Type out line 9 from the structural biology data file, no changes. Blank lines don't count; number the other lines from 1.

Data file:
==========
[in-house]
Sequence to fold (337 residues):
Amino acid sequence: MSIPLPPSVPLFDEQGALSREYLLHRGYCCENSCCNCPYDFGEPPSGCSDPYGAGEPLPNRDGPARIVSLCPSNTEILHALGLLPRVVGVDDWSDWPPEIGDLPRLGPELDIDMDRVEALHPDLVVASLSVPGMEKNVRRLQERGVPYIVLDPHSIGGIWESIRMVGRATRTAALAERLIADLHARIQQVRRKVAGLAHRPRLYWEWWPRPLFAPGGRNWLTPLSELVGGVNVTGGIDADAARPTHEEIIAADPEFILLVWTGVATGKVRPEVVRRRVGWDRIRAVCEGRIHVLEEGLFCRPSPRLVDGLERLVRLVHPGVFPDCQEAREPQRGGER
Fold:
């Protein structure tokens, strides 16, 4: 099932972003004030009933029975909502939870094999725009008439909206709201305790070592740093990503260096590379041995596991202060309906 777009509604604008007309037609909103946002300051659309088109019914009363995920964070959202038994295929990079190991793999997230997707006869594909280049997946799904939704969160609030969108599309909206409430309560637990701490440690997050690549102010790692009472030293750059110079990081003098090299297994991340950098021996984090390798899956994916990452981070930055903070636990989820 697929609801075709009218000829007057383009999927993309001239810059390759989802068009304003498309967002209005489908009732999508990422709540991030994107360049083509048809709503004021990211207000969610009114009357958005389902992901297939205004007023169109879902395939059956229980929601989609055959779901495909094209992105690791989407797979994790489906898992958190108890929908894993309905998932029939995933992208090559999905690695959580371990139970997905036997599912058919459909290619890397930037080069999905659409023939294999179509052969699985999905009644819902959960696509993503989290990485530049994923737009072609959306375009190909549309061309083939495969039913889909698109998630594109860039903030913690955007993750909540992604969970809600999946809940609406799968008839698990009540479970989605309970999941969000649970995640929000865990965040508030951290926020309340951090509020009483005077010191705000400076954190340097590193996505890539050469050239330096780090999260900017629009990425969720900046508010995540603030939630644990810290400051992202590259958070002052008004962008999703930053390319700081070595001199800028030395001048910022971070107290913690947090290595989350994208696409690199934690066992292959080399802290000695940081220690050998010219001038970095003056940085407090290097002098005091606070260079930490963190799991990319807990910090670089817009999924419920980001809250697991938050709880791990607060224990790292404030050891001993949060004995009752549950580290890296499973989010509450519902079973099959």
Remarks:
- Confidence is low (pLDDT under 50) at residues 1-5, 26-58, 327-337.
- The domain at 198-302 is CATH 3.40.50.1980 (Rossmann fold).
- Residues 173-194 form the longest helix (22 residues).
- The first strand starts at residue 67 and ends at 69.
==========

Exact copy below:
- Residues 173-194 form the longest helix (22 residues).